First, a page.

News

Small Pits, Big Ideas II: Researching rural Worcestershire

  • 27th February 2020

Worcestershire Archaeological Society (WAS) has received a National Lottery Heritage Fund grant of £62,700 for an exciting county-wide archaeology project – Small Pits, Big Ideas II. Made possible by money raised from National Lottery players, the project will enable six rural communities across Worcestershire to explore the origins of their settlements and contribute to academic research through the archaeology hidden in back gardens.

Starting this spring, local communities will be able to get hands on with their own heritage by digging ‘test pits’ to find evidence of the earliest inhabitants and how their settlement changed over time. The project will wrap up in 2021 with a touring exhibition of the finds and is a partnership between WAS, Worcestershire Archive & Archaeology Service, Green Fingers Project, Badsey Society, Bewdley Historical Research Group, North Worcestershire Archaeology Group and Wichenford Local Heritage Group. Support will also be provided by archaeology students at the University of Worcester and Wolverley & Cookley Historical Society.

Relatively little is known about the development of Worcestershire’s rural medieval settlements as many remain lived in, making large scale archaeological excavations impossible. Through small test pits in gardens across each village, the Small Pits, Big Ideas project will bring locals directly in touch with their past and shine new light on the growth of rural settlements across the county. This project follows a pilot phase in 2017-18, which showed the potential of test pitting in Worcestershire.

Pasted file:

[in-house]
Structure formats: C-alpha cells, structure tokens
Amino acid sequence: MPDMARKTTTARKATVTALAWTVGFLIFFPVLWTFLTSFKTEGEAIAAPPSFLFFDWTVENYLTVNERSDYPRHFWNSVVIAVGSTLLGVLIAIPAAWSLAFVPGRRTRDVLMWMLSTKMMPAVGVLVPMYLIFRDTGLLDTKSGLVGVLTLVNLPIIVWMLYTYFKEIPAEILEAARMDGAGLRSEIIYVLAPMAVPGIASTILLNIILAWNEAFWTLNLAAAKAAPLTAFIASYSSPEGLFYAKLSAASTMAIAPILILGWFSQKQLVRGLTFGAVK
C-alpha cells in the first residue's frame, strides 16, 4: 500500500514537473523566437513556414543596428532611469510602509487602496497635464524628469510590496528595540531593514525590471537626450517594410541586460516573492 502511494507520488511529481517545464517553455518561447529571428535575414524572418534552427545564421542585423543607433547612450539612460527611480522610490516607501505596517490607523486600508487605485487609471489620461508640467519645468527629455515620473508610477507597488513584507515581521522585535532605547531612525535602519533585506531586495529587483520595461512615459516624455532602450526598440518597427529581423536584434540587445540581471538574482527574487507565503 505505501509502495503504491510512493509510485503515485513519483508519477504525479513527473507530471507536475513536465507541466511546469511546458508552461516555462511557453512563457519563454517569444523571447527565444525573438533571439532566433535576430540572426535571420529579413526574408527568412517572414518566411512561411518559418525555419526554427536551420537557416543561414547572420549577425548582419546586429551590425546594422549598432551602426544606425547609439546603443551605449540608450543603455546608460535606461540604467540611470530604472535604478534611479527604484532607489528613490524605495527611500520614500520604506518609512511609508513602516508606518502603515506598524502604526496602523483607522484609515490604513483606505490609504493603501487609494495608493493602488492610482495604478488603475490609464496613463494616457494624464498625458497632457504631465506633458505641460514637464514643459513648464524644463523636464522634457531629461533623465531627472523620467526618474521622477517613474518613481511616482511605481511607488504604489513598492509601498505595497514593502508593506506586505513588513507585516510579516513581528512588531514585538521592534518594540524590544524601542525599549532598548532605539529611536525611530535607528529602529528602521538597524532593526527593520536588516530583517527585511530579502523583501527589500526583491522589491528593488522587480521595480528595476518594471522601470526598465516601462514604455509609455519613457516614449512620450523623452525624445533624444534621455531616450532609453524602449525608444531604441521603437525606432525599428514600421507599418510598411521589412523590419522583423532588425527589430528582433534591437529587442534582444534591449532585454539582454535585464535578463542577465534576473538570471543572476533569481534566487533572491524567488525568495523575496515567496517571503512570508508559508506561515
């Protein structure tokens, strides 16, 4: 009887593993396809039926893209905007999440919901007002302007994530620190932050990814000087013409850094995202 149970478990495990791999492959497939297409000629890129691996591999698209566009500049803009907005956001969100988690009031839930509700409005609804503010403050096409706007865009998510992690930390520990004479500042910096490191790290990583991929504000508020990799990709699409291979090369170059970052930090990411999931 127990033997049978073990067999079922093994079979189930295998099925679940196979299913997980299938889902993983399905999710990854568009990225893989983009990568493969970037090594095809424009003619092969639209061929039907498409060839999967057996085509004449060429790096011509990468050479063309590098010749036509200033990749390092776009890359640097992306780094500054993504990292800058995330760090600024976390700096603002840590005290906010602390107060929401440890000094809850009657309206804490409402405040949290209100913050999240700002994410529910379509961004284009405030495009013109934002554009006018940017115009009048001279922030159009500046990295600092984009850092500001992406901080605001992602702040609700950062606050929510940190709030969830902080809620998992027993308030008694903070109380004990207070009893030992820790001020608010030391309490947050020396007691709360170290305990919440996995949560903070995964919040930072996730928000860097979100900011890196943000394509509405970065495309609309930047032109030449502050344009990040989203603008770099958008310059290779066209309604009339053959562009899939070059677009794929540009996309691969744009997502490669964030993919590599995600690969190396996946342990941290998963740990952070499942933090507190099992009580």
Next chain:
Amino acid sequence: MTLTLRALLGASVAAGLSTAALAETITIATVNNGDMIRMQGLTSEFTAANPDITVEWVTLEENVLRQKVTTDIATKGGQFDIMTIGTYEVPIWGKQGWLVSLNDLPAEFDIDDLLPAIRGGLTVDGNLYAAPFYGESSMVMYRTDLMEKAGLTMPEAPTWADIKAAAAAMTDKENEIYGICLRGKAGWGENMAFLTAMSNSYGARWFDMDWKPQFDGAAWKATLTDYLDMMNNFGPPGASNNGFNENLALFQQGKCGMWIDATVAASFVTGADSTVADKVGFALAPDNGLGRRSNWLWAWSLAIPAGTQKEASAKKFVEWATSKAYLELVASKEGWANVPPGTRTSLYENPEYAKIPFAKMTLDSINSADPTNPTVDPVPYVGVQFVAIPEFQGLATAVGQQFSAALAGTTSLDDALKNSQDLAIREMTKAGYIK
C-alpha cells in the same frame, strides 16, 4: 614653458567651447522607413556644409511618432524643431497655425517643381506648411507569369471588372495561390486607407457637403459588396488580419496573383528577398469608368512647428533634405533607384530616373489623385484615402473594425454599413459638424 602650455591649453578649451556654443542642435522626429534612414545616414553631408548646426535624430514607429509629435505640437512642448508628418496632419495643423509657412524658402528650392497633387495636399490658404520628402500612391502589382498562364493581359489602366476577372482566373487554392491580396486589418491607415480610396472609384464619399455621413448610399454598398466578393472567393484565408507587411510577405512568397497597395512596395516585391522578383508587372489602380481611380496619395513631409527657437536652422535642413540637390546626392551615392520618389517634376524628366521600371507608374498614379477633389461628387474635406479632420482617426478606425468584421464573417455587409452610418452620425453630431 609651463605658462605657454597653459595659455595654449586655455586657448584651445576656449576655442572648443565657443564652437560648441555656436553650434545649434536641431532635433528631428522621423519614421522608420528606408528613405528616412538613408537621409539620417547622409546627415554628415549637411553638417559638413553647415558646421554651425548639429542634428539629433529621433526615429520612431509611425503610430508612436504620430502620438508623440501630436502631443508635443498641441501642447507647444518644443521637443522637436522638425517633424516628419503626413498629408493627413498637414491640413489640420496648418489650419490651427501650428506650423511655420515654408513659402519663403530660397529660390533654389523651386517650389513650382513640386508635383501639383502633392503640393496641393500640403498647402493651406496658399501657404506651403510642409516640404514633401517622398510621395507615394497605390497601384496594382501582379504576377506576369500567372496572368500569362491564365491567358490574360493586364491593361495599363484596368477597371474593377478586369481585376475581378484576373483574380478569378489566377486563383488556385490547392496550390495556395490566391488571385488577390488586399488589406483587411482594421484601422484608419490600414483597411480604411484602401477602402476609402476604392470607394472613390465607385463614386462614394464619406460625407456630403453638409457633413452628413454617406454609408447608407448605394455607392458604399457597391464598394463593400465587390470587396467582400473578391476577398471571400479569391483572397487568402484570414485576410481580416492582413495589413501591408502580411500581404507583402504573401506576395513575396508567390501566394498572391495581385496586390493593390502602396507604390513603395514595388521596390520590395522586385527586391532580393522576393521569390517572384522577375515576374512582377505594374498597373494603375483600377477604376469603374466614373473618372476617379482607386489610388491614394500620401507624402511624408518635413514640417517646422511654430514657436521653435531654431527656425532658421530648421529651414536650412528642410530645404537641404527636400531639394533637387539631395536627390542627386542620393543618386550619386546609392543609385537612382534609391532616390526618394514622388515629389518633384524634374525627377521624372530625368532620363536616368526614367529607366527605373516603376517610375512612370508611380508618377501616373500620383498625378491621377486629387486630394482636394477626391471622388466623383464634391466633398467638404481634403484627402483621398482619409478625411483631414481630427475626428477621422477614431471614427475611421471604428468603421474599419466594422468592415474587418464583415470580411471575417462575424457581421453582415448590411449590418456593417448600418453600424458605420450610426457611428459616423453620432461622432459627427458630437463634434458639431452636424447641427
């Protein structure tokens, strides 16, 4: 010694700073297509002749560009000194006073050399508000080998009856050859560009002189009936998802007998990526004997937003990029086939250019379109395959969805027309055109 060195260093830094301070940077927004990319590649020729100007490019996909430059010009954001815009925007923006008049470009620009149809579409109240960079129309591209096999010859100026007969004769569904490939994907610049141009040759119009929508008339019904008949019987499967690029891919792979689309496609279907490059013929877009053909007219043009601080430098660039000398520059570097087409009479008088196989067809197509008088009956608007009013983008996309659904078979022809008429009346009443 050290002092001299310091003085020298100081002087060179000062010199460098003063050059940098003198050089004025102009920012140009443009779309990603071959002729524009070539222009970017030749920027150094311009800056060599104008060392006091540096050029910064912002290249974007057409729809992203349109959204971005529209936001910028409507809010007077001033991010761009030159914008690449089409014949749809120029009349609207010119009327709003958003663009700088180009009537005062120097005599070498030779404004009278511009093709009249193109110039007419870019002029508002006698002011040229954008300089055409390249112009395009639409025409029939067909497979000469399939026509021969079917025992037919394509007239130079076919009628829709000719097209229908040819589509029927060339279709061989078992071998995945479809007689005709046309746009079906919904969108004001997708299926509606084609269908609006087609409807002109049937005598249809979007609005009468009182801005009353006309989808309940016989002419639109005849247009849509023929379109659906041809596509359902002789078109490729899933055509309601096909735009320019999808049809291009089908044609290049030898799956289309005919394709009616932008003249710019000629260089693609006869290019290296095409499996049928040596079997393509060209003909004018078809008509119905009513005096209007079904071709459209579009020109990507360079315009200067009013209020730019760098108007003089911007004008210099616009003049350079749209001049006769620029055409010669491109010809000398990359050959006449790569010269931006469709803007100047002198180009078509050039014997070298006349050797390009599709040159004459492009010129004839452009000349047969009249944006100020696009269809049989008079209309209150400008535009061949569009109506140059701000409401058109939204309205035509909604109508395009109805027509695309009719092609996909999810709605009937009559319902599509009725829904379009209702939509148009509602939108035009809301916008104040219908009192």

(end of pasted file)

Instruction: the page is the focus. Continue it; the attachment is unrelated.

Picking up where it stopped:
Professor Carenza Lewis (University of Lincoln), who pioneered the approach in eastern England with considerable success, explained that, “This is a fantastic project which will enable people of all ages and backgrounds across Worcestershire to enjoy the excitement and camaraderie of making new discoveries in everyday places which have never been excavated before.”

Commenting on the award, Anne Jenkins, Director, England, Midlands & East at The National Lottery Heritage Fund said, “The Small Pits, Big Ideas project will give local communities the opportunity to not only learn about heritage, but to become truly involved in it by getting hands-on with archaeology closer to home than they might realise. Giving people a chance to gain a better understanding and forging a closer relationship to their heritage is something we are proud to fund.”

Community test pit excavation

Photos of three artefacts

All sorts of rubbish were thrown in back gardens, making them ideal places to look for clues (© WAAS).
Selection of finds from the pilot project (L-R): early medieval pottery used shortly after the Norman Conquest, toy car lost during the 20th century and piece of 18th century German ‘chequerboard’ tankard.

Worcestershire Archaeological Society

Worcestershire Archaeological Society has been promoting the study of archaeology and local history in Worcestershire since 1854 and are committed to working with like-minded local and national organisations to help achieve our aims. Alongside an annual lecture programme, the Society’s produces news and research publications that are distributed worldwide.
www.worcestershirearchaeologicalsociety.org.uk

National Lottery Heritage Fund

Using money raised by the National Lottery, we inspire, lead and resource the UK’s heritage to create positive and lasting change for people and communities, now and in the future. www.heritagefund.org.uk. Follow @HeritageFundUK on Twitter, Facebook and Instagram and use #NationalLotteryHeritageFund

Logos: WCC, WAS & NLHF

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